J.T. Jamieson

PhD Candidate

North America

I am broadly interested in cultural histories of the early and nineteenth-century United States.

My dissertation, “A Mere Change of Location: Migration and Reform in America, 1787-1857,” argues that nineteenth-century American social and moral reformers sought to exercise a controlling influence over mass migrations. It shows that reformers saw the migration of European immigrants, enslaved and free Black Americans, Indigenous peoples, and white western settlers as both a tool to solve major social problems and a social problem in and of itself that necessitated organized, benevolent intervention. I detail how reformers created philanthropic organizations, sermonized to their congregations, and lobbied the public and government in order to encourage, assist, or curtail the mobilities of diverse populations. Because reformers and their organizations actively intervened in the relocation and migration of others, I show that philanthropy and benevolence became critical instruments for middle-class Americans to shape their own demographics and impose strict racial, socio-economic, and religious order on local and national communities. American reformers believed in the transformative moral power of transplantation — both that individuals could be transformed by a change of location and that various migratory flows could affect social progress. I illustrate how and why reformers across disparate social movements fought to direct, regulate, promote, or impede human movement in order to craft what they envisioned as a more perfect world.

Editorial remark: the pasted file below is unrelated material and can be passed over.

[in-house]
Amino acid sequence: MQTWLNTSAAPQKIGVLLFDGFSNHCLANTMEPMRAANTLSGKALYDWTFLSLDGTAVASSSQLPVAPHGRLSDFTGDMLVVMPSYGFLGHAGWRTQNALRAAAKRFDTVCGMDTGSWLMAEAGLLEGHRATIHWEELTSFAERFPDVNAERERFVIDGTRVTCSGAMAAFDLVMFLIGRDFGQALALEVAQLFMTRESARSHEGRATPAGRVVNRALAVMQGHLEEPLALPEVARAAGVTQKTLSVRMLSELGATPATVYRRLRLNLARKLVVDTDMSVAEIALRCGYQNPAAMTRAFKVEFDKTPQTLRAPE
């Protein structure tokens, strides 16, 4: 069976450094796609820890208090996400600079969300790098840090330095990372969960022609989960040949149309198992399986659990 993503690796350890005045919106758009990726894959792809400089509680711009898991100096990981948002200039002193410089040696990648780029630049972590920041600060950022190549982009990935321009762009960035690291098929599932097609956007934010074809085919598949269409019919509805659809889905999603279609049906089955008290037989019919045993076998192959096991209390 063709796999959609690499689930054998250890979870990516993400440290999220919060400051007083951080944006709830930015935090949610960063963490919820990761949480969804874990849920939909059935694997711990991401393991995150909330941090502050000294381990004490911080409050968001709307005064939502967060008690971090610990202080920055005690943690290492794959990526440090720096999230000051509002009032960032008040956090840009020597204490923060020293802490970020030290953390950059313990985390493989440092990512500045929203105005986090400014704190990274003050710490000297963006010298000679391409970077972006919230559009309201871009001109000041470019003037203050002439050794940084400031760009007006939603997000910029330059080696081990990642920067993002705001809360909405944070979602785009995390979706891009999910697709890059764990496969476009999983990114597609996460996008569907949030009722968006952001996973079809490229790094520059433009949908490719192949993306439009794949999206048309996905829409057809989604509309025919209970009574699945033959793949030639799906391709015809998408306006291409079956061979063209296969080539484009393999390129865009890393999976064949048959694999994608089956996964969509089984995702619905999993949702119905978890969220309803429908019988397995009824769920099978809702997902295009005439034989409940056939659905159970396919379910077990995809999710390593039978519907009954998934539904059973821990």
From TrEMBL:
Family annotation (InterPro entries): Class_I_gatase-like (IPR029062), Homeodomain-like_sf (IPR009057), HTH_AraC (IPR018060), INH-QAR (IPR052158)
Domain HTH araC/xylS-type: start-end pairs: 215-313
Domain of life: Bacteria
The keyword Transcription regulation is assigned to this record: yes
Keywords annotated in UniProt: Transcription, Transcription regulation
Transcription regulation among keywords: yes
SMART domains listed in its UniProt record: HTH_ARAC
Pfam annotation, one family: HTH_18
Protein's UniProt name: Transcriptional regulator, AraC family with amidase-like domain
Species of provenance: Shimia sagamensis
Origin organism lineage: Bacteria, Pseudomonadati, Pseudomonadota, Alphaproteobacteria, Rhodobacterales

Whenever possible, I also enjoy nurturing interests in the histories of print, reading and writing, landscape, photography, and the supernatural.


BA, Sarah Lawrence College, 2013

MA, UC Berkeley, 2016


"Home Work: Religious Nationalism and the American Home Missionary Society," Early American Studies (forthcoming, 2023)

Select Presentations

"Theory Mongers and Mock Philanthropy," Society for the Historians of the Early American Republic, 2021

"The Stranger and the Pilgrim: Benevolence and Immigration," Fellows' Colloquium, Library Company of Philadelphia & Historical Society of Pennsylvania, 2020

"First to the Emigrants: Organizing Migration in Antebellum America," Western History Association, 2020

"'Books As Well As Men Are Fallible': Facts, Credibility, and Western Boosterism in the Early Nineteenth Century," Western Literature Association, 2018

"To a Stranger Home: White Women, Western Spaces, and Cultures of Imperialism in Nineteenth-Century America," History Graduate Association Symposium, UC Berkeley, 2015